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Senesco to Present on Cancer-Targeted Gene Therapy and Cell Therapy

Senesco Technologies, Inc. (“Senesco” or the “Company”), announced today that an oral presentation will be delivered on its potential approach to treating hepatocellular carcinoma at the 17th Annual Meeting of the American Society of Gene & Cell Therapy during the session entitled “Cancer-Targeted Gene & Cell Therapy II”.

The conference will be held May 21-24, 2014 at the Marriott Wardman Park in Washington, DC. The presentation entitled “An eIF5A-based gene therapy nanoparticle induces apoptosis and inhibits hepatocellular carcinoma tumour progression in both xenograft and orthotopic models”, will be delivered at 12 noon on Saturday, May 24 by Dr. Sarah Francis, who is a member of Senesco CSO John E. Thompson’s research laboratory at the University of Waterloo in Ontario, Canada. The abstract for the presentation may be viewed at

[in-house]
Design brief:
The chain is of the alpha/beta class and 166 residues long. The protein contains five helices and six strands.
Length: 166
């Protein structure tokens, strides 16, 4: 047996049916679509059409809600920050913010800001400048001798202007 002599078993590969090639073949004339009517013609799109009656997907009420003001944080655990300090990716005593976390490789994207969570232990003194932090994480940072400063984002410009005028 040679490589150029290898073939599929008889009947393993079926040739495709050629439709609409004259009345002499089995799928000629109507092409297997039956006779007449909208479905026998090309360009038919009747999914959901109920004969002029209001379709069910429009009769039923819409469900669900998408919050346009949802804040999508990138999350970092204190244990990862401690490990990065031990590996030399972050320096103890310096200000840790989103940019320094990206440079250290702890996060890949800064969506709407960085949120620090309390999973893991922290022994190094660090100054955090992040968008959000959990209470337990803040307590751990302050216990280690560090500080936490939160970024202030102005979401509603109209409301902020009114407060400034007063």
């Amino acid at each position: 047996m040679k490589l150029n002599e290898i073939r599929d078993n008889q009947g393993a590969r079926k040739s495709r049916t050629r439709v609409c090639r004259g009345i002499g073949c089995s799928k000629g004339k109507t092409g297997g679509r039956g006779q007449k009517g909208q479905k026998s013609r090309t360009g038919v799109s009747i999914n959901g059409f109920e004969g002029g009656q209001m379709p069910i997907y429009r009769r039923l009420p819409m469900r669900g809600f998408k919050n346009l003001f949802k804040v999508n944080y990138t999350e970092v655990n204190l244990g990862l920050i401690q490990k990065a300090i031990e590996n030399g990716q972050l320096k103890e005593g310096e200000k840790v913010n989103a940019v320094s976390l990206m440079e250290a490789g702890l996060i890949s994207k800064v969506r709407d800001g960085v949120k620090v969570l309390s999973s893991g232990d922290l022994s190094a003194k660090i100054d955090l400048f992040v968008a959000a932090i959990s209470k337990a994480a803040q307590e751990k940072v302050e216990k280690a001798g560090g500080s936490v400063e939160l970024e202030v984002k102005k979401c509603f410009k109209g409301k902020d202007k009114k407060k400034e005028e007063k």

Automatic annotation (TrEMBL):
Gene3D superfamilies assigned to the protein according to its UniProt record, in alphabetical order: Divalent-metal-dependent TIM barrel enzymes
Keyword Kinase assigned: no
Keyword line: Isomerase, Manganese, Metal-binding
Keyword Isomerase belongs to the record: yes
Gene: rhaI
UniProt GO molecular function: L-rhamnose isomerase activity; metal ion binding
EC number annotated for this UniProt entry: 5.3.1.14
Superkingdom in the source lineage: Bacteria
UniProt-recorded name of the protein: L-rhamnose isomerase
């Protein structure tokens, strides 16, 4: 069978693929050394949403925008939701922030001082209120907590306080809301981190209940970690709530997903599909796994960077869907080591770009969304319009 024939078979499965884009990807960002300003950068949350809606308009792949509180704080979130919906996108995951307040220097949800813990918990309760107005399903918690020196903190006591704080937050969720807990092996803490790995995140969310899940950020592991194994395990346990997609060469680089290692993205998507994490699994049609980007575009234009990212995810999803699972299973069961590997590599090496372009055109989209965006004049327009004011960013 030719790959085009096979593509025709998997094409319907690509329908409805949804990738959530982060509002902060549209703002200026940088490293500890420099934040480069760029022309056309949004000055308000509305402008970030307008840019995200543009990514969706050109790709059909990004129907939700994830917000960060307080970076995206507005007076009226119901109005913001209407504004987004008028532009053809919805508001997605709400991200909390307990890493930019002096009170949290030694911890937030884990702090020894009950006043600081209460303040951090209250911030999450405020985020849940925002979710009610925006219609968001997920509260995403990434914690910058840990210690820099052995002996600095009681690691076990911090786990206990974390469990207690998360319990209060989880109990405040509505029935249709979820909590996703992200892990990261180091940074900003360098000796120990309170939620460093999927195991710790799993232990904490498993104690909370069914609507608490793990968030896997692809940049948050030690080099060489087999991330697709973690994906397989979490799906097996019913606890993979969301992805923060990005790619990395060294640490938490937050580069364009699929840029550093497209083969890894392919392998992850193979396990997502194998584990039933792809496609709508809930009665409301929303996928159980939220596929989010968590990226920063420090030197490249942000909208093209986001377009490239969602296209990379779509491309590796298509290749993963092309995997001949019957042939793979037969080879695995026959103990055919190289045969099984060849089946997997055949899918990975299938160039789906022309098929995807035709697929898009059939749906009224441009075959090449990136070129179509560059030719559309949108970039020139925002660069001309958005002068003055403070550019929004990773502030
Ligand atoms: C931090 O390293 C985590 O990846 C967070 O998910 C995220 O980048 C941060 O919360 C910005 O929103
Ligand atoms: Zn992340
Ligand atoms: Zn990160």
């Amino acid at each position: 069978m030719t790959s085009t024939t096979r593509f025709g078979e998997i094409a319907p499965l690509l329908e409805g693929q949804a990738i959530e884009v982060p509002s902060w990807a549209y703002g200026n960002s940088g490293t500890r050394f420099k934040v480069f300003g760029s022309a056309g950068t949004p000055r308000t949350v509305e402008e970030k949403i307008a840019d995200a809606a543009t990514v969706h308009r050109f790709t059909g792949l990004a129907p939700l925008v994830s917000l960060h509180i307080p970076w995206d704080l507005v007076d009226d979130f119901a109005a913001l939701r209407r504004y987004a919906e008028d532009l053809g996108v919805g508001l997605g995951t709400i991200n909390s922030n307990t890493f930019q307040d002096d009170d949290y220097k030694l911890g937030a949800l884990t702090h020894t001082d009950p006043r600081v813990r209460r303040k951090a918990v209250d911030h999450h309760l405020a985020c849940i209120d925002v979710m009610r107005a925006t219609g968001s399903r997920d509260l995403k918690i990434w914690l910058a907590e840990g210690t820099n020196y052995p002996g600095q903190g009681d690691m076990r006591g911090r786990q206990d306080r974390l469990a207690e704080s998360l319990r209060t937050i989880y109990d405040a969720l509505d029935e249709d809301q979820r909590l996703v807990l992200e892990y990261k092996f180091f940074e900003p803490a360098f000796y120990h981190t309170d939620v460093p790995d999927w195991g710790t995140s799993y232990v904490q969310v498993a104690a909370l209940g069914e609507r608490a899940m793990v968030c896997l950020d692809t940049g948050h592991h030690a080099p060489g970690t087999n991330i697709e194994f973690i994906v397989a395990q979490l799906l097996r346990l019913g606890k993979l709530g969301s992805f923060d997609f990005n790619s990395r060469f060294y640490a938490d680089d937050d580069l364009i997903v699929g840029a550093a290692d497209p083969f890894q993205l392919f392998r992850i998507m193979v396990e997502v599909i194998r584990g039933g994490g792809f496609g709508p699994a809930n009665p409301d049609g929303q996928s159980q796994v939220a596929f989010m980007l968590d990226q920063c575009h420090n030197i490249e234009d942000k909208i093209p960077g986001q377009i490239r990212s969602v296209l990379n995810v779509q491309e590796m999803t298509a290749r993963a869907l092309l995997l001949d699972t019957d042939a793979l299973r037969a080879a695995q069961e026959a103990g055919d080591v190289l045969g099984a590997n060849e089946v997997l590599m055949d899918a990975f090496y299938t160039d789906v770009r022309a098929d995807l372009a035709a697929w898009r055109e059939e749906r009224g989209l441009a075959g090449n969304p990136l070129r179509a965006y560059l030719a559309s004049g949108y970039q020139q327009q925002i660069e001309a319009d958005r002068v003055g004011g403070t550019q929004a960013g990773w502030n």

About SNS01-T

SNS01-T is a novel approach to cancer therapy that is designed to selectively trigger apoptosis in B-cell cancers such as multiple myeloma, and, mantle cell and diffuse large B-cell lymphomas. Senesco is the sponsor of the Phase 1b/2a study that is actively enrolling patients at Mayo Clinic in Rochester, MN, the University of Arkansas for Medical Sciences in Little Rock, the Mary Babb Randolph Cancer Center in Morgantown, WV, the John Theurer Cancer Center at Hackensack University Medical Center in Hackensack, NJ, the Seattle Cancer Care Alliance in Seattle, WA, and, the Pretoria East Hospital, in Pretoria and the Groote Schuur Hospital in Cape Town, South Africa.

About Senesco Technologies, Inc

Senesco Technologies is a clinical-stage biotech company specializing in cancer therapeutics. Its proprietary gene regulation technology has demonstrated the ability to eliminate cancer cells and protect healthy cells from premature death. The Company is currently in a Phase 1b/2a trial with a product candidate that is designed to treat B-cell cancers, which include multiple myeloma, chronic lymphocytic leukemia, and non-Hodgkin’s B-cell lymphomas. The technology was developed over the last 15 years through the discovery that the genetic pathway for cell growth control is common to both plants and humans. For more information, please visit or connect with us on Facebook, Twitter, LinkedIn and Google+.

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